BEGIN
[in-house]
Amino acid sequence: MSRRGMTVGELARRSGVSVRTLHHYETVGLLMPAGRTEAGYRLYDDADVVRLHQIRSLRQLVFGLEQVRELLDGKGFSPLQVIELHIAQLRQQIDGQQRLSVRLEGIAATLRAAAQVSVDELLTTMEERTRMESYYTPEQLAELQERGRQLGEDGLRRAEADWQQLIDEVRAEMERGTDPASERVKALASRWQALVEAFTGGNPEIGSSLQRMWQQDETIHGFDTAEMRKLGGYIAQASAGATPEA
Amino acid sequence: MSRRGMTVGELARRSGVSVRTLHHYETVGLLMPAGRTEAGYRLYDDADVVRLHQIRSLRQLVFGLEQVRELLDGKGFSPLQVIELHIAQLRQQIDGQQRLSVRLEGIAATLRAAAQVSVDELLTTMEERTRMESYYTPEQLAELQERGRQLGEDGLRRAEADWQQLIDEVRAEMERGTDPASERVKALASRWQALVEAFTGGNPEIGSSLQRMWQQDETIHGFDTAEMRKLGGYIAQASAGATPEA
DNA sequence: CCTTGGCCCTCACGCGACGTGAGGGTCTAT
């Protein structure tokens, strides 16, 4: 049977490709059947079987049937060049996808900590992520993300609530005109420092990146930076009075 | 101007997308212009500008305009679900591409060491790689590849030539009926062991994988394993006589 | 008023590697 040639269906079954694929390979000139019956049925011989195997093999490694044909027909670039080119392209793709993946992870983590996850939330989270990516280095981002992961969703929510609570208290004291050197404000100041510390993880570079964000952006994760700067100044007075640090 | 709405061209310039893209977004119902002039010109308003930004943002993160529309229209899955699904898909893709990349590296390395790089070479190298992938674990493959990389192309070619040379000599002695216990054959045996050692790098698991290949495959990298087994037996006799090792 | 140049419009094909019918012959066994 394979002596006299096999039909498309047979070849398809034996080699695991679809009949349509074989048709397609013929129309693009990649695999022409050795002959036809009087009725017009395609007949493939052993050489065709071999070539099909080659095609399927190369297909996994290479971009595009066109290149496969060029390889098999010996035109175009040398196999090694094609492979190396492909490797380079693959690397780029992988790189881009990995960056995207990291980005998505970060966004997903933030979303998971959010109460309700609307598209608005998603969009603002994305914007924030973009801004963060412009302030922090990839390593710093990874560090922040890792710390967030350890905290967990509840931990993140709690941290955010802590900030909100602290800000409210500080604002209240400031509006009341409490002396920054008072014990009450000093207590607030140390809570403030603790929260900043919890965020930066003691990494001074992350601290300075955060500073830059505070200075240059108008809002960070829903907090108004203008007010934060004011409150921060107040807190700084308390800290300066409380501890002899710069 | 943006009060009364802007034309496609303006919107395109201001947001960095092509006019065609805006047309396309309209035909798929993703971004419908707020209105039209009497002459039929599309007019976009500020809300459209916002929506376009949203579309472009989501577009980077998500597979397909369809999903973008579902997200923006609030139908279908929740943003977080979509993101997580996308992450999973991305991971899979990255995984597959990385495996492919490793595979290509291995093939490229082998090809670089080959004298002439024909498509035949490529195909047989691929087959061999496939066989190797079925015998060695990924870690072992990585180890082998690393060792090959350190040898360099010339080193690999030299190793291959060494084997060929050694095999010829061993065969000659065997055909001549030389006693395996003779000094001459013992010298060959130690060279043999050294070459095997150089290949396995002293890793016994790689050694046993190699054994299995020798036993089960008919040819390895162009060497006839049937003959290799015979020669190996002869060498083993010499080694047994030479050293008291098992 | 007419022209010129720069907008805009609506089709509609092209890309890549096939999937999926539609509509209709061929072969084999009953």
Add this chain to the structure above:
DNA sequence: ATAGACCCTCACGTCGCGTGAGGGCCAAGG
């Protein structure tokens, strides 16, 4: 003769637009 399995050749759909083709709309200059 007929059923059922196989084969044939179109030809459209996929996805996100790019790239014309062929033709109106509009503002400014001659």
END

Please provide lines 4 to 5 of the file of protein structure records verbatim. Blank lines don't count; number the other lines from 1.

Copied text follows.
DNA sequence: CCTTGGCCCTCACGCGACGTGAGGGTCTAT
């Protein structure tokens, strides 16, 4: 049977490709059947079987049937060049996808900590992520993300609530005109420092990146930076009075 | 101007997308212009500008305009679900591409060491790689590849030539009926062991994988394993006589 | 008023590697 040639269906079954694929390979000139019956049925011989195997093999490694044909027909670039080119392209793709993946992870983590996850939330989270990516280095981002992961969703929510609570208290004291050197404000100041510390993880570079964000952006994760700067100044007075640090 | 709405061209310039893209977004119902002039010109308003930004943002993160529309229209899955699904898909893709990349590296390395790089070479190298992938674990493959990389192309070619040379000599002695216990054959045996050692790098698991290949495959990298087994037996006799090792 | 140049419009094909019918012959066994 394979002596006299096999039909498309047979070849398809034996080699695991679809009949349509074989048709397609013929129309693009990649695999022409050795002959036809009087009725017009395609007949493939052993050489065709071999070539099909080659095609399927190369297909996994290479971009595009066109290149496969060029390889098999010996035109175009040398196999090694094609492979190396492909490797380079693959690397780029992988790189881009990995960056995207990291980005998505970060966004997903933030979303998971959010109460309700609307598209608005998603969009603002994305914007924030973009801004963060412009302030922090990839390593710093990874560090922040890792710390967030350890905290967990509840931990993140709690941290955010802590900030909100602290800000409210500080604002209240400031509006009341409490002396920054008072014990009450000093207590607030140390809570403030603790929260900043919890965020930066003691990494001074992350601290300075955060500073830059505070200075240059108008809002960070829903907090108004203008007010934060004011409150921060107040807190700084308390800290300066409380501890002899710069 | 943006009060009364802007034309496609303006919107395109201001947001960095092509006019065609805006047309396309309209035909798929993703971004419908707020209105039209009497002459039929599309007019976009500020809300459209916002929506376009949203579309472009989501577009980077998500597979397909369809999903973008579902997200923006609030139908279908929740943003977080979509993101997580996308992450999973991305991971899979990255995984597959990385495996492919490793595979290509291995093939490229082998090809670089080959004298002439024909498509035949490529195909047989691929087959061999496939066989190797079925015998060695990924870690072992990585180890082998690393060792090959350190040898360099010339080193690999030299190793291959060494084997060929050694095999010829061993065969000659065997055909001549030389006693395996003779000094001459013992010298060959130690060279043999050294070459095997150089290949396995002293890793016994790689050694046993190699054994299995020798036993089960008919040819390895162009060497006839049937003959290799015979020669190996002869060498083993010499080694047994030479050293008291098992 | 007419022209010129720069907008805009609506089709509609092209890309890549096939999937999926539609509509209709061929072969084999009953």